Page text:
This is accurate.
The longer I've been here, however, the more I question the authenticity of Georgian hospitality...
Many Georgians have expressed to me the sacred value of tradition, and the customs of hospitality are part of that tradition. Several Georgians have also expressed to me that this could be an incredible burden.
People will brag to me about how limitless Georgian hospitality is, how it means that a man can call up his friend at 2 am and his wife will get out of bed and prepare tea and cake for the guests and they will share drinks. Then they will turn around and confess that this tradition is not something they would like to be on the wrong end of.
Georgian tradition says guests are gifts from God, thus, while Georgians will feed you heaps and charm the pants off you while making your life as a guest as happy and comfortable as possible- they won't necessarily like it. It can be an obligation.
This is where things can get complicated. It can be very hard to tell if a Georgian person is being genuinely friendly and genuinely likes you, or if it's just "being polite." Of course, being polite in America is basically a pinched smile and curt nods, maybe offering a glass of water, whereas in Georgia it can be as elaborate as a full feast and singing and dancing and drunken toasts to your glory...so yeah, it's not as easy to tell.
Friendship in Georgia is deep. Deeper than anything I've ever seen. It's a small country, and even in Tbilisi most people grow up in small, tight-knit communities. During the 90s when times were very tough (bread lines, neighbors pooling money to buy meat and sharing it in outdoor barbeques, no electricity or water), people bonded beyond blood. Brotherhood is a particularly stirring concept to behold. Friends will give everything for each other, will be there at a moment's notice, will sit outside on a bench for 4 hours just watching the neighborhood, just being together.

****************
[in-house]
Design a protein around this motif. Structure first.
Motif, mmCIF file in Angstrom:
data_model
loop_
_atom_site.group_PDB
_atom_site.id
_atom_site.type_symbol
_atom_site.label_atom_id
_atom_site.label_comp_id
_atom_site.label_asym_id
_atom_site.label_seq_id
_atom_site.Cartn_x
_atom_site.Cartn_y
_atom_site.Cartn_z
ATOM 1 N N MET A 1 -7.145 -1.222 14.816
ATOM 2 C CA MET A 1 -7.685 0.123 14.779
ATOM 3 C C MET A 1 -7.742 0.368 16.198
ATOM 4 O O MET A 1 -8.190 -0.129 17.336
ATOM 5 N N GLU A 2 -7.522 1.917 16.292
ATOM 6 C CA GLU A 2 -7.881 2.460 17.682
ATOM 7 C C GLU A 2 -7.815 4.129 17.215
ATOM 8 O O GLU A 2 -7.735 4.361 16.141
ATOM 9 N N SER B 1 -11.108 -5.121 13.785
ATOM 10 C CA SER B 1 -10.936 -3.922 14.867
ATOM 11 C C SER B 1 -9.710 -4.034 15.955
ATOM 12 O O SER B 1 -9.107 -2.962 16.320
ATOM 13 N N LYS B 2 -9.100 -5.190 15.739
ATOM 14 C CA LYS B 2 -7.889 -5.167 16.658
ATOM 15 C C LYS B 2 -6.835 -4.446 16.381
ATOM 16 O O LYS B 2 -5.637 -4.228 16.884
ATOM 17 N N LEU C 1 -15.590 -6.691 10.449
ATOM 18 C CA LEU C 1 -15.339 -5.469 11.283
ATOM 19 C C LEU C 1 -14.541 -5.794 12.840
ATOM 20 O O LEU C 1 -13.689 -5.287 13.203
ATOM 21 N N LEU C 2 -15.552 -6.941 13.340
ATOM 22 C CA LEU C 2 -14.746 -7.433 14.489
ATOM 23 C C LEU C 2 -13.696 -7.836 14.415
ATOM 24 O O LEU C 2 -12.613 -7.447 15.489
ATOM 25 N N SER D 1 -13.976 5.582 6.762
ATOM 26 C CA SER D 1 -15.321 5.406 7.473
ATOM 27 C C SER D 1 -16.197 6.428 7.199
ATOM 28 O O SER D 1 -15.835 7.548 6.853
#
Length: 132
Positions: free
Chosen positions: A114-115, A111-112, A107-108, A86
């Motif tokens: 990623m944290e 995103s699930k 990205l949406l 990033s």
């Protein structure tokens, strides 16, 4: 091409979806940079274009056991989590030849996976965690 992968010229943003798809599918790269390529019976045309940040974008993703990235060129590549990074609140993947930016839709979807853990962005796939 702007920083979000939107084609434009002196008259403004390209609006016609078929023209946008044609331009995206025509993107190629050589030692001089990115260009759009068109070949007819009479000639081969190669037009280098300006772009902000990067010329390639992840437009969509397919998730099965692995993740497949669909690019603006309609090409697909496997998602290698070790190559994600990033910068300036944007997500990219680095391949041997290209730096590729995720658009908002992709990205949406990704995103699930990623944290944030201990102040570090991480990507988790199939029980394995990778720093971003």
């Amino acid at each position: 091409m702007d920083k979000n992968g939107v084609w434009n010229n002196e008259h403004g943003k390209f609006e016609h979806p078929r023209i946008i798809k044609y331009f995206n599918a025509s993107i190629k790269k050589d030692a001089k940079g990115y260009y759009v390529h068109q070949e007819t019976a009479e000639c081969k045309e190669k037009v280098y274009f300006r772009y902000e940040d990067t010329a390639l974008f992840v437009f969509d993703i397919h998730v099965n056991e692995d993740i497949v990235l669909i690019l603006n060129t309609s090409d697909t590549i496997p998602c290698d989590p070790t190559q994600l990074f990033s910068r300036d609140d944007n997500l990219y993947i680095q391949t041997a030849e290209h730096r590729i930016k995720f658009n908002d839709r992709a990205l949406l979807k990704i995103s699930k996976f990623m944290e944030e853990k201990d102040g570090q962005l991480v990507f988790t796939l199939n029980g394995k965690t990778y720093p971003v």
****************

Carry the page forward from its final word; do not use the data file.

Friends will die for each other.
For an outsider, friendship is not easy to come by.
It is easy to think you are friends with someone, to think they care about you, to think they really like you. It's easy to get swept up in the poetic grandeur of this kind of friendship, to declare yourself ready to be that kind of friend to those who show you kindness and love and generosity- Georgian hospitality. Then, suddenly, amongst canceled plans and missed calls, when people are less than enthusiastic to help you with small things, when people who made toasts to your undying friendship slowly fade from your life...you realize that you were never friends.
This can be shocking, especially compared to the way friends are made in college in the States. The first year, and really all through school, people are actively searching for new friends. People may be mean on occasion, but they are more or less genuine. If you don't like someone, you don't talk to them and you each move on to different circles. If you do like someone, they easily become a "friend" within a few meetings. It's part of American culture, and part of university culture.
When you realize the way the Georgian system works, on the other hand, it's easy to feel used (especially if you were involved sexually/romantically), it's easy to feel cheated and lied to and stabbed in the back.
But it's also necessary to keep in mind the way the system works. Georgian bonds of friendship have been formed over long periods of time, through suffering and survival, through shared experiences and understanding. You are an outsider.
I've heard rumors that it can be done, that the circle can be broken into, that a foreigner can become this mystic, unattainable thing- friend. But it takes time, it's not easy, and it's usually through marriage.
My advice: take advantage of the positive things about Georgian hospitality, embrace the warmth and poetry, but don't kid yourself about what it means.
|I googled "brotherhood" in Georgian, and a good third of the pictures|
are from the Russian 2002 gangster miniseries "Brigada"